Compliance sector salaries up 11% YoY, Randstad reveals
Salaries in the compliance sector have risen 11% in the last twelve months according to Randstad Financial Services. In May 2018, the average salary in compliance was £98,900. In the last twelve months, this has now risen to £110,100.
While heads of core compliance and heads of central compliance have seen salaries rise 16% - from an average of £100,800 to £116,700 – the biggest winners have been regional heads of compliance who have seen average salaries increase from £190,833 to £306,667. The very best, most sought-after candidates for these roles are now able to command salaries of up to £400,000, up from £250,000 last year.
The demand for staff means that compliance professionals working on temporary contracts are, on average, being pay 60% more than those in permanent roles. Elsewhere in the wider financial services sector, temporary roles usually only command a 36% uplift. Indeed, pay across the compliance sector is now so high that it would take a regional head of compliance working on a temporary basis just nine weeks to earn the PM’s annual basic salary. The prime minister basic salary is £74,962 – although her entire total remuneration package is over £150,000 a year – just 38% of the maximum salary commanded by a high-flying regional head of compliance working on a permanent basis.
Alison Starmer, managing director of Randstad Client Solutions, said, “While compliance superstars have seen their salaries rocket, pay rises have not been uniform across the board. At the minimum range, we are seeing a lot of pay increases, albeit not on a huge scale. More than half of the key compliance roles we recruit for have seen pay increases. At the mid-range, pay has been broadly static. We’ve seen relatively small pay rises amongst monitoring staff, for instance, at senior, manager, and associate level. Advisory managers and associates have seen salaries rise by around 7%. Some control room staff have actually seen asking salaries fall. But it’s a different story for high-flyers at the top end. A regional head of compliance working on a temporary contract can command a day rate of £2,000 – up from about £1,650 this time last year. At that sort of level, these professionals are earning the PM’s basic salary in just 9 weeks.”
The pay increases reflect short-sited reductions in the number of employees working in compliance over the course of 2017 and 2018, investment in compliance departments over the course of 2019, and huge changes in technology within the sector. This has demanded a change in skillset from compliance professionals and has created a candidate shortage as employees are slowly re-trained.
The research, part of the Randstad Financial Services 2019 salary survey, also revealed that salaries for accountants were broadly flat compared to last year, with average salaries stuck at approximately £70,500.
The maximum salaries commanded in internal audit stayed at £175,000 while the minimum salary for a qualified internal auditor remained at £50,000. Mid-range salaries sat between £75,000 and £100,000. Temporary contracts continued to pay between £300-£400 per day at the bottom of the scale and £550 and £700 at the top.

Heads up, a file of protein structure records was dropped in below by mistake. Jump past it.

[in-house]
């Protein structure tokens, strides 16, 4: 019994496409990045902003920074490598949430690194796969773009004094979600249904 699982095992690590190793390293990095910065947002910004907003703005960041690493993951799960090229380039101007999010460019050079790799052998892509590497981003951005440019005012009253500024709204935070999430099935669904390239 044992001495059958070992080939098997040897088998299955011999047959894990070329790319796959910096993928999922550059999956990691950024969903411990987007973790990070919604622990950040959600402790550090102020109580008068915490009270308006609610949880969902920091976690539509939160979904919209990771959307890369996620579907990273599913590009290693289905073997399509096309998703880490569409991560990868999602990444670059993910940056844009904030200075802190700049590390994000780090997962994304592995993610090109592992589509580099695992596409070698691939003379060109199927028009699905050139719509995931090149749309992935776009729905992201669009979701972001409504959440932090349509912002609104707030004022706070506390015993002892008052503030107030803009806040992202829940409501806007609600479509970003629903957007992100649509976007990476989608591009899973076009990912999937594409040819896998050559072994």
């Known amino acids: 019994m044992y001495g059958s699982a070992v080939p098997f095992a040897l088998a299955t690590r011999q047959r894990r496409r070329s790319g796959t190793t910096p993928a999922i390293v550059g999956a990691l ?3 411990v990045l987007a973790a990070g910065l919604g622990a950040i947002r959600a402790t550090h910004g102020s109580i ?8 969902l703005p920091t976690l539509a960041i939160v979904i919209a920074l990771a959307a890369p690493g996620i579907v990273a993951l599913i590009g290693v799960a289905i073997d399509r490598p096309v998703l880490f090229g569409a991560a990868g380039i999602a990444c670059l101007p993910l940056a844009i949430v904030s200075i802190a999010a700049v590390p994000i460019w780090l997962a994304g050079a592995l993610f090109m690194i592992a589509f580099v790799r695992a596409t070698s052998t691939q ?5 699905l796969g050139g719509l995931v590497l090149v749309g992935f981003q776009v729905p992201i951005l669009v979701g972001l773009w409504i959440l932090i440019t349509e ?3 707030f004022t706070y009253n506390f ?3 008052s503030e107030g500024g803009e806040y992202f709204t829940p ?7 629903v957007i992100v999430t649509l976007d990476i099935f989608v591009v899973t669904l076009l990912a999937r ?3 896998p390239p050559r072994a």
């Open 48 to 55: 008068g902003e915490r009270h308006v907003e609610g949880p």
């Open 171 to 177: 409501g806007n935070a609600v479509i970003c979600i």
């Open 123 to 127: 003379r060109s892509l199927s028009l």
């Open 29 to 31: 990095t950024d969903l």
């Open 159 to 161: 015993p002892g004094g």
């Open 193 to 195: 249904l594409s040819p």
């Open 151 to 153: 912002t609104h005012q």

The best accountancy professionals working on temporary contracts in regulatory reporting are continuing to command rates of up to £600 per day with permanent salaries also stable.
But there was much more movement in management reporting & analysis. Mid-range day rates for contractors rose 8%, from around £325 per day to approximately £350, while the maximum pay rate rose 20% from £375 to £450. Top-end salaries for senior A-players remained at the £120,000 mark. This means that pay in temporary contracts is now 30% higher than in permanent ones – an increase compared to the 2018 equivalent of 27%.
In product control, minimum range salaries stayed between £35,000 and £50,000 while mid-range pay was stable at between £50,000 and £80,000. Maximum pay was approximately £120,000. However, temp rates proved more volatile with minimum day rates rising dramatically, from £200 last year to £300. Typical mid-range rates rose from £350 to £375. And senior high-flyers saw rates rise 10% from £500 to £550.
Adam Thorpe, operations director of Randstad Financial Services, said, “Despite the ongoing uncertainty over the country’s withdrawal from the EU, London’s job market remains lucrative for accountants, bankers and other financial service professionals. The City offers the highest salaries and bonuses in the market and will continue to be an attractive location for financial service workers in 2019. But looking to the future, if banks do move their operations to other European hubs, there’s no question that compensation packages are going to shrink.”
Minimum ranges in taxation remain static at between £40,000 and £50,000 while mid-range salaries continue to sit between £50,000 and £90,000. Senior roles command now more than £90,000 with the best candidates in senior roles earning up to £200,000, depending on organisation, location, and experience.
Thorpe commented, “The UK economy had a tumultuous 2018, with growth slowing and the Bank of England raising rates to the highest level since the financial crisis. But, despite the turmoil, asking salaries in tax remained stable. Say what you like about working Tax as a career, but senior people are earning far more than the average MP with the A-players earning a third more than Theresa May. Frankly, the job security in Number 10 probably isn’t as good either.”
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